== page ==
Social media sites are addicting. These sites allow us to peer into the lives of our friends without getting too involved. (Although sometimes it is like watching a soap opera and we begin to feel like we are part of our friends lives, without actually being part of their lives.) But the nature of social sites is to create conversation. So the problem with social media voyeurism is that we are expected to share back. We create community when we share. We learn about each other and keep in touch in ways that were never feasible in the past. I love to learn new and interesting things from my friends. I love to see how they spent the weekend or what their dog is doing. Social media expands my small university into a giant one and is usually a complete joy. I share a lot online: if I want you to know what I am doing, you will know – through Twitter, Facebook or Tumblr. And maybe a little Flickr, Posterous and Loopt every now and then. Do I share too much? I don’t know, maybe sometimes I do.
Social media can also be a burden; and this week I am feeling overwhelmed by my social media connectivity. Yes, I preach about the value connectivity and social media. Yes, my phones are practically connected to me and my computer is within reach 18 hours a day, on average. While I keep up with messages, I don’t always respond immediately, or at all. The reasons for this inaction vary. Sometimes I don’t feel like talking. Sometimes I don’t have anything to say. And, yes, sometimes I am with real people and feel like it might be rude to be glued to my device in their physical presence.
Then there are those times when you just want to unplug. It is hard to have “alone time” with the influx of social media. When I need “alone time,” social media becomes a burden. If you send me a text, email or chat conversation and I don’t respond, then just let it go and give me some space. If I haven’t posted in a while, then maybe I am feeling overexposed. Don’t attempt to make me feel guilty about my silence. Being quiet says a lot.
Hmm. According to new research from Harvard Business, more women (55%) are on Twitter than men (45%). But, men have more followers, by 15%. “Men also have more reciprocated relationships, in which two users follow each other. This ‘follower split’ suggests that women are driven less by followers than men, or have more stringent thresholds for reciprocating relationships.” And, not only are men more likely to follow men, but women are 25% more likely to follow a man.
According to the study, this man-following has nothing to do with how much he tweets: men and women tweet at the same rate. What is up with this? Possible hypotheses (based on nothing but my intuition):
- The format for Twitter (short bursts of information) is more conducive to the male style of communication, whereas women tend to want to be more verbose and explanatory?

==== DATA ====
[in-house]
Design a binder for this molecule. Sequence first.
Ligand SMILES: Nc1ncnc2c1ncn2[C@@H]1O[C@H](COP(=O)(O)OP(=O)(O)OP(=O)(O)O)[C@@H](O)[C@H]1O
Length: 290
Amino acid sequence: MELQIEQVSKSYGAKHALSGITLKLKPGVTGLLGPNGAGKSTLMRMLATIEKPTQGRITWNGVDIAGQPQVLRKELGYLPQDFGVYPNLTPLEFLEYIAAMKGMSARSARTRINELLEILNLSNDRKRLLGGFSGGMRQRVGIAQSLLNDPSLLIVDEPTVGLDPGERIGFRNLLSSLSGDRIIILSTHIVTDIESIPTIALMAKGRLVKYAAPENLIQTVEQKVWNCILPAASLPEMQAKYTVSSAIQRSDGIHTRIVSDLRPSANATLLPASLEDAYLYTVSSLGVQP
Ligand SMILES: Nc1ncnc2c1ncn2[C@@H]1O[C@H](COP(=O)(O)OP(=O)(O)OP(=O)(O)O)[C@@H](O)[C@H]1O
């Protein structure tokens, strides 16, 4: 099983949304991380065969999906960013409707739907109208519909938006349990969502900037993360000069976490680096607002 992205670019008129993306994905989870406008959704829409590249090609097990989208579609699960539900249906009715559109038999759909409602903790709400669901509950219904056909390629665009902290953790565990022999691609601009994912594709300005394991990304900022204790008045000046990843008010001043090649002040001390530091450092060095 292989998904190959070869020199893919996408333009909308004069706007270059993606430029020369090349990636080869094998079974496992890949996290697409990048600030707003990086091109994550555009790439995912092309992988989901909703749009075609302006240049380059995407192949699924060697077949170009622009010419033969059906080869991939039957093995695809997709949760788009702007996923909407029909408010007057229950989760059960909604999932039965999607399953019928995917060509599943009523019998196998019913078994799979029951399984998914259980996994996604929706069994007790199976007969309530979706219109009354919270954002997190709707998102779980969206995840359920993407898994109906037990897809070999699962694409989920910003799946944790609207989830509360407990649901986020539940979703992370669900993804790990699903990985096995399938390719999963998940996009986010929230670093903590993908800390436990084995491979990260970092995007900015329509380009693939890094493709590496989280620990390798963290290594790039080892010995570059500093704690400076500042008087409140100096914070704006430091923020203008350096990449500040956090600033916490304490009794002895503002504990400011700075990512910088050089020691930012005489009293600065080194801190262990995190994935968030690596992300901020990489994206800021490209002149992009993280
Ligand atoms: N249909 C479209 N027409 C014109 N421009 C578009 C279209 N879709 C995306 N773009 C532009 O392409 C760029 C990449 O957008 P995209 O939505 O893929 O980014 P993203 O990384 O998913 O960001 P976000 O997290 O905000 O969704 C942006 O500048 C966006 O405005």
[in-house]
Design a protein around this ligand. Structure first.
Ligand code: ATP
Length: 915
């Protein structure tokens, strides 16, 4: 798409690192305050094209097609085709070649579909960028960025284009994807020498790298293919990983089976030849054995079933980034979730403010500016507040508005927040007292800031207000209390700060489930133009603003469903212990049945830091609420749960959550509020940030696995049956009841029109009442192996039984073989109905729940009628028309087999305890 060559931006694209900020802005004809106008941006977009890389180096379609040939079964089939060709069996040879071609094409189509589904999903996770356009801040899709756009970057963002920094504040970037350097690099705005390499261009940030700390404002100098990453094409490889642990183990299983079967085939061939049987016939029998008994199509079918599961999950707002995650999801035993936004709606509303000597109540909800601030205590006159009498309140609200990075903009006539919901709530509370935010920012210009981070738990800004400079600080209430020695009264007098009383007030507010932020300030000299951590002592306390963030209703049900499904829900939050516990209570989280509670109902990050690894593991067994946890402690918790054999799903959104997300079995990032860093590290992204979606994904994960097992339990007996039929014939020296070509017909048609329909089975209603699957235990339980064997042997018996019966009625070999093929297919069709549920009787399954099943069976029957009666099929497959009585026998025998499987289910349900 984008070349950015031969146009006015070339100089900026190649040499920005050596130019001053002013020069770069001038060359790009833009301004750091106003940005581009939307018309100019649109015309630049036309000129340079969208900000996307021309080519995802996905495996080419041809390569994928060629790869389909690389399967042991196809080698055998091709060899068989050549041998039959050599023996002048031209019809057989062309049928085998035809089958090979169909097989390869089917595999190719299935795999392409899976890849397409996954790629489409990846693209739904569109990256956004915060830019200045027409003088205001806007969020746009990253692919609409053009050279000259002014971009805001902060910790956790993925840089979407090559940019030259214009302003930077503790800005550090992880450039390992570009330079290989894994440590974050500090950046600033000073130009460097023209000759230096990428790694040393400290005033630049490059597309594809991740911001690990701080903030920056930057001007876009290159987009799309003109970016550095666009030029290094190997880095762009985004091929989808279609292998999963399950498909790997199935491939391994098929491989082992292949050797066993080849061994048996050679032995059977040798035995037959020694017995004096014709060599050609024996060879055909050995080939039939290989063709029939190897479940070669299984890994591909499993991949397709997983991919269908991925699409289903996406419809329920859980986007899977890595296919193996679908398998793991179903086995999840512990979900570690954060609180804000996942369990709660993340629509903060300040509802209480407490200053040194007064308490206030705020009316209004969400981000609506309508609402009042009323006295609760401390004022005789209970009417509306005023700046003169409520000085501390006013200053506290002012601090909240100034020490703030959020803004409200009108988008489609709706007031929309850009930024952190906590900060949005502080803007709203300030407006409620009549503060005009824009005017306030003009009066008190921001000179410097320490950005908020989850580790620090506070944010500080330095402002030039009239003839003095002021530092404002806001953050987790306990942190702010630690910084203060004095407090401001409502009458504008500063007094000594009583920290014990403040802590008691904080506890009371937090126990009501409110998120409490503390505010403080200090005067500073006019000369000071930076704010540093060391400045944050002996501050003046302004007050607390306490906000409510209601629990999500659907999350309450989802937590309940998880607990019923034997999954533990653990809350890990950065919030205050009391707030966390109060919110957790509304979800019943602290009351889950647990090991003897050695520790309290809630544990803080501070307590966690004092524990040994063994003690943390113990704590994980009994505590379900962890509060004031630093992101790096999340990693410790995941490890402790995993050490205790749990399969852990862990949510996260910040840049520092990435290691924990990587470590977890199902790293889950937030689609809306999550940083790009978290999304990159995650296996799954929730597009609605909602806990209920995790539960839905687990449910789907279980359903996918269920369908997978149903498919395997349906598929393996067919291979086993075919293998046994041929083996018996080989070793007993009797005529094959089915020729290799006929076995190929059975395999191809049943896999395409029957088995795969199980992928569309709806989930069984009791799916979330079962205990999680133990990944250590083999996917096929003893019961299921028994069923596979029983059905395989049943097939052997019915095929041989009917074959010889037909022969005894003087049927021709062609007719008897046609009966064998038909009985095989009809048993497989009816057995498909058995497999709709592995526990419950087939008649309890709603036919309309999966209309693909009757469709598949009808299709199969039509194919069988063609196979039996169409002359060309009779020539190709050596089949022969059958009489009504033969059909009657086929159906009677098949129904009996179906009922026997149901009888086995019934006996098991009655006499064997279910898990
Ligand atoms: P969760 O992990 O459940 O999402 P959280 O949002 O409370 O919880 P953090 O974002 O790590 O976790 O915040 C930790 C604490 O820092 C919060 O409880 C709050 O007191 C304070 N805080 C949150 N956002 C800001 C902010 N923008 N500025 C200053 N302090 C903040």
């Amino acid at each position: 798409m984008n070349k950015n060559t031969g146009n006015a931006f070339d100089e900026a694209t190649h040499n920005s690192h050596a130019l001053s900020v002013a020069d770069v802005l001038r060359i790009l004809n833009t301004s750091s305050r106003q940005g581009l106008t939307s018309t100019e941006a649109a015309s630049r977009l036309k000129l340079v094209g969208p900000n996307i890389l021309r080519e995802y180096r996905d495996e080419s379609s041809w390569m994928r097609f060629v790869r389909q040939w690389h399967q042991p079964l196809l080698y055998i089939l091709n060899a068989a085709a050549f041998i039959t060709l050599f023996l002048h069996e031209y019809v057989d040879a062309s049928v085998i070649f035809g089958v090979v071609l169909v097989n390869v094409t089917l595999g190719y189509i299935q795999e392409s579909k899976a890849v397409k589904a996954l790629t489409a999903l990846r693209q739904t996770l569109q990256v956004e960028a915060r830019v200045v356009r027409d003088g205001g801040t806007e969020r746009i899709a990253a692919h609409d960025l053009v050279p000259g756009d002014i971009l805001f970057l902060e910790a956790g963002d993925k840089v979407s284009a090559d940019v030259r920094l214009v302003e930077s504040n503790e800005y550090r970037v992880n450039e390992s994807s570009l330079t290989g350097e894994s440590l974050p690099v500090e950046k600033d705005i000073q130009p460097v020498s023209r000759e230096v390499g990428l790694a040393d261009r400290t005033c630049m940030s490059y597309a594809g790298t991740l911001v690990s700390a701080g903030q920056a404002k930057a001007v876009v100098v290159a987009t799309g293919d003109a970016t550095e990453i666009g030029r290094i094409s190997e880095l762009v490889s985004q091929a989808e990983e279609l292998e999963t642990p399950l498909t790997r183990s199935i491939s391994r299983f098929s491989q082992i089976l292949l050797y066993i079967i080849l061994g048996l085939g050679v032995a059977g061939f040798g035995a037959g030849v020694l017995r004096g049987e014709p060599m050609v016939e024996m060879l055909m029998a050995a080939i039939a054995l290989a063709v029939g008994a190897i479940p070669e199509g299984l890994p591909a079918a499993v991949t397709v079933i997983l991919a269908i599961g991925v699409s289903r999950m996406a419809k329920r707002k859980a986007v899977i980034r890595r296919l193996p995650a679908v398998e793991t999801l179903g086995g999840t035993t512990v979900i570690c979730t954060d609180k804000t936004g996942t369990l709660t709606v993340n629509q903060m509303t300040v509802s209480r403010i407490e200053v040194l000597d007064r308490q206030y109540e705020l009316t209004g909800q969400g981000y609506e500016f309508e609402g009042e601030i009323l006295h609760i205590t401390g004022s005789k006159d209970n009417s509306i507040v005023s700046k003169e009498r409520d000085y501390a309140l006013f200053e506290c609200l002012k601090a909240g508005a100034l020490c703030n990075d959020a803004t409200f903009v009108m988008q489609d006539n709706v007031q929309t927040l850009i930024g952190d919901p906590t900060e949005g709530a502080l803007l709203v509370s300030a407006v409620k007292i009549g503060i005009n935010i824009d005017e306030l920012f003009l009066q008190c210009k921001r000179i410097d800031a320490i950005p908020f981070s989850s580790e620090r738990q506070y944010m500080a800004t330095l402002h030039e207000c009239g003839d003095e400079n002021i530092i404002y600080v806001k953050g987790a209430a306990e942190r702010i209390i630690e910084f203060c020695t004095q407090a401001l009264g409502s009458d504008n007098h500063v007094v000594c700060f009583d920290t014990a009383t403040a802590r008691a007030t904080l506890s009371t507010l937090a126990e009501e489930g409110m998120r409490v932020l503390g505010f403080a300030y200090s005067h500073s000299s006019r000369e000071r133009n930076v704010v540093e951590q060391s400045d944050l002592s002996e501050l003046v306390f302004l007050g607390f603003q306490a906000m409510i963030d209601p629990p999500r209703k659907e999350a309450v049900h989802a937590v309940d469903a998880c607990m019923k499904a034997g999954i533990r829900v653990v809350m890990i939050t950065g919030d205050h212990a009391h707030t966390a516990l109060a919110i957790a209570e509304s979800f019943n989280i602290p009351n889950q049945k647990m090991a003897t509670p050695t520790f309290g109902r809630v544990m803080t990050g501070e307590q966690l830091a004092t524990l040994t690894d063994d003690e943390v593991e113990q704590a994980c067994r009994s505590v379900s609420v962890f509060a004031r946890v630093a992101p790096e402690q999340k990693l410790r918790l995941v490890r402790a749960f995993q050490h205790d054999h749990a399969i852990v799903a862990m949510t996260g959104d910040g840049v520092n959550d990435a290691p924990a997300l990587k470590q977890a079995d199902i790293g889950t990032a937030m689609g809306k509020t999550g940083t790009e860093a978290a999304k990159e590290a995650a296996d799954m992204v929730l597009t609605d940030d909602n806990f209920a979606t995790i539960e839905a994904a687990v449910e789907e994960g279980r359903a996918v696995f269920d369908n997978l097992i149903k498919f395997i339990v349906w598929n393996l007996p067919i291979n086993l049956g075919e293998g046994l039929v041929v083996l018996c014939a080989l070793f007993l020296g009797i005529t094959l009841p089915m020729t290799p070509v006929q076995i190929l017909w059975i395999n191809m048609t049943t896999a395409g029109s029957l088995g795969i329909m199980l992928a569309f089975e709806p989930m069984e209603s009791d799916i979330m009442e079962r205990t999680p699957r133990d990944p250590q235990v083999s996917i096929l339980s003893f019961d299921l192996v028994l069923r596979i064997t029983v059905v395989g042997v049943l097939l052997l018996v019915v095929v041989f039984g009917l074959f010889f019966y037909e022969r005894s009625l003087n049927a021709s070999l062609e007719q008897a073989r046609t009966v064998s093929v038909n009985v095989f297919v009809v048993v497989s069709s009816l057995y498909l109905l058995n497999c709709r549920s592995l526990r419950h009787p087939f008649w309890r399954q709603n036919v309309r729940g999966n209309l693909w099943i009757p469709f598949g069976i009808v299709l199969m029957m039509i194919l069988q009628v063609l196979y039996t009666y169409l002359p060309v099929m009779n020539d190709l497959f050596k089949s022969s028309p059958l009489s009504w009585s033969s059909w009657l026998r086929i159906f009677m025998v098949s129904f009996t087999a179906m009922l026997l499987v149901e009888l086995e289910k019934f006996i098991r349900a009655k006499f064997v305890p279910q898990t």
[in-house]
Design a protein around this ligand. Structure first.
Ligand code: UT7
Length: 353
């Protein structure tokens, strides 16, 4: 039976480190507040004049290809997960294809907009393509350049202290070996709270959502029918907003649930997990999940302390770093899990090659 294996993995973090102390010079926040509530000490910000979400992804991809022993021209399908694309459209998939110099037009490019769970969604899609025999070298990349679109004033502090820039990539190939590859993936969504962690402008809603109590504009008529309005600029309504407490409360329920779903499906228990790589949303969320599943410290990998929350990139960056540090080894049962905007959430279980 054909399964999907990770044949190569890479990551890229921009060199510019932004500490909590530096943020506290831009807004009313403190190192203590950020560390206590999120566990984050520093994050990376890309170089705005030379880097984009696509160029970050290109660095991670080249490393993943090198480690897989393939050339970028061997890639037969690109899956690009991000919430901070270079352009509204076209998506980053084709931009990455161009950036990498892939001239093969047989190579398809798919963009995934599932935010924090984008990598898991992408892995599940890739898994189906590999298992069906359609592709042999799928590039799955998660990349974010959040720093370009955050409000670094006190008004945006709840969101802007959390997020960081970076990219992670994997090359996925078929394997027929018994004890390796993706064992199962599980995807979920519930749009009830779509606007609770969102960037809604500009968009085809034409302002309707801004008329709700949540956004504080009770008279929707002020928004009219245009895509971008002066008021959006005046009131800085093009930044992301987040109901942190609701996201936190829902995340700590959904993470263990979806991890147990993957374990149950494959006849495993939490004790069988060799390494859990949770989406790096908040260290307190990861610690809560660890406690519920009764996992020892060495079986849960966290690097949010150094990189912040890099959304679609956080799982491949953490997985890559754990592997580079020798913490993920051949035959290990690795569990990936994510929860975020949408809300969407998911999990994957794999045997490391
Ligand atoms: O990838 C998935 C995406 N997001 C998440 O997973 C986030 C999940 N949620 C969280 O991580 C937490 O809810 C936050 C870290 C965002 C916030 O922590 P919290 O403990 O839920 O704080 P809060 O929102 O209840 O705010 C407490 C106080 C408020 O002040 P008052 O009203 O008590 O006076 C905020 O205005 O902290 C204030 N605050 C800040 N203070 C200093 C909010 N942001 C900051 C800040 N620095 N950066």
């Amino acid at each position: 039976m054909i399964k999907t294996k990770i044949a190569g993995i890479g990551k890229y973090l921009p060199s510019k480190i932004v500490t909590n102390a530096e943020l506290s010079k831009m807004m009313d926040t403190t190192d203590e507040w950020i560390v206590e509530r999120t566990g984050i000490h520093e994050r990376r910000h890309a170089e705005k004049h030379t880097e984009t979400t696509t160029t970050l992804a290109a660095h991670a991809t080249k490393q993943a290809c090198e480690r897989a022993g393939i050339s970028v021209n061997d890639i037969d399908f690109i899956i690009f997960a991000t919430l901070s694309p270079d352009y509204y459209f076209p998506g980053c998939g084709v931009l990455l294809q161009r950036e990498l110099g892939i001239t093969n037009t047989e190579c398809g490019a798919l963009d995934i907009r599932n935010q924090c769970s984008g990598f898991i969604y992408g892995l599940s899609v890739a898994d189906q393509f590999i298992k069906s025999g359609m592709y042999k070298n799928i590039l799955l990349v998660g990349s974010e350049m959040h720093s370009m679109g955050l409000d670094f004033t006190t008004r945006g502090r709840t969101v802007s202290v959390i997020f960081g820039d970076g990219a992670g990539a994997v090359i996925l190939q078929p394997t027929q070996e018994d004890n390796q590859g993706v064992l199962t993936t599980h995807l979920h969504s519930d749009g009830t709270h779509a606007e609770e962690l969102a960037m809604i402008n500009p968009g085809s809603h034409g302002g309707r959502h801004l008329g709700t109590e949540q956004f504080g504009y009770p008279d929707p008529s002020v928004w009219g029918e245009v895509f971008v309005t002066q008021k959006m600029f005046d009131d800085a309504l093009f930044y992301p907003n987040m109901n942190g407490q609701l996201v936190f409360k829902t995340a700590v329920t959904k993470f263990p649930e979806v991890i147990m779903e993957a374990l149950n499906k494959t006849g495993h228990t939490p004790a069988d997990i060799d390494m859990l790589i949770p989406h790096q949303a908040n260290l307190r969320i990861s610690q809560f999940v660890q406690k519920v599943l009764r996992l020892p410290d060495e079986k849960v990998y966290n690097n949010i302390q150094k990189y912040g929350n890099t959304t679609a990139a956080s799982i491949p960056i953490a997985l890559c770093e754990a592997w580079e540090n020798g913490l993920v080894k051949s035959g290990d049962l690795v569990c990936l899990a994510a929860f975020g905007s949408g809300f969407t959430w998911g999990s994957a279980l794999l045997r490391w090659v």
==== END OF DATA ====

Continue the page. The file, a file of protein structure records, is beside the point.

- The subjects women tweet about may not be as diverse as those that men tweet?
- Women tend to tweet about their personal lives, men tend to tweet about business?
- Women have higher “follow” standards because their time is valuable and content is their currency?
- Is there something wrong with Harvard Business’s methodology for determining who is male and who is female on Twitter? (“To get this figure, we cross-referenced users’ ‘real names’ against a database of 40,000 strongly gendered names.”)
I would like to hear what others think about this “follower split” on Twitter. More women are online. Women have more influence on purchase decisions. Women are more likely to research before making any decision. People trust “people like me” for advice. All of these factors would indicate that women would be following other women in droves on Twitter. Thoughts?
Starting today, my favorite morning program – MSNBC’s “Morning Joe” – will be sponsored by Starbucks. According to the New York Times, this is
“…the closest integration between an advertiser and a national news program in recent memory. Harkening back to the ‘Camel News Caravan,’ an NBC news roundup sponsored by a cigarette manufacturer in the 1950s, graphics and voice-overs will tell viewers that ‘Morning Joe’ is ‘brewed by Starbucks.’”
The hosts, Joe and Mika already drink Starbucks every morning and have conversations about their coffee drinks during several shows a week. It is a smart move for Starbucks to make the endorsement official. I am not sure it is smart for “Morning Joe” to accept the sponsorship. However, I wonder if it will change the honest conversations that Joe and Mika have about the coffee. Mika regularly chides Joe regularly about his fatty drink topped with piles of whipped cream while she sets a good example with her “healty Starbucks drink.” Will they have to only make positive comments about the drinks from this point forward?
The sponsorship is encompassing and includes graphics and several mentions during the show. “The anchors and the coffee company may team up on charitable initiatives. And the program may be broadcast from Starbucks locations when it travels, as it did last year for the political conventions and this year for the inauguration.”
Of course, the show promises to cover Starbucks news fairly and will not be biased by the sponsorship. Regardless, I think of “Morning Joe” as a serious news show–not the morning candy of “The Today Show” and “Good Morning America”–so when Joe leads into the commercial break with “you are watching ‘Morning Joe,’ brewed by Starbucks” (as he did this morning), I have a harder time taking him seriously.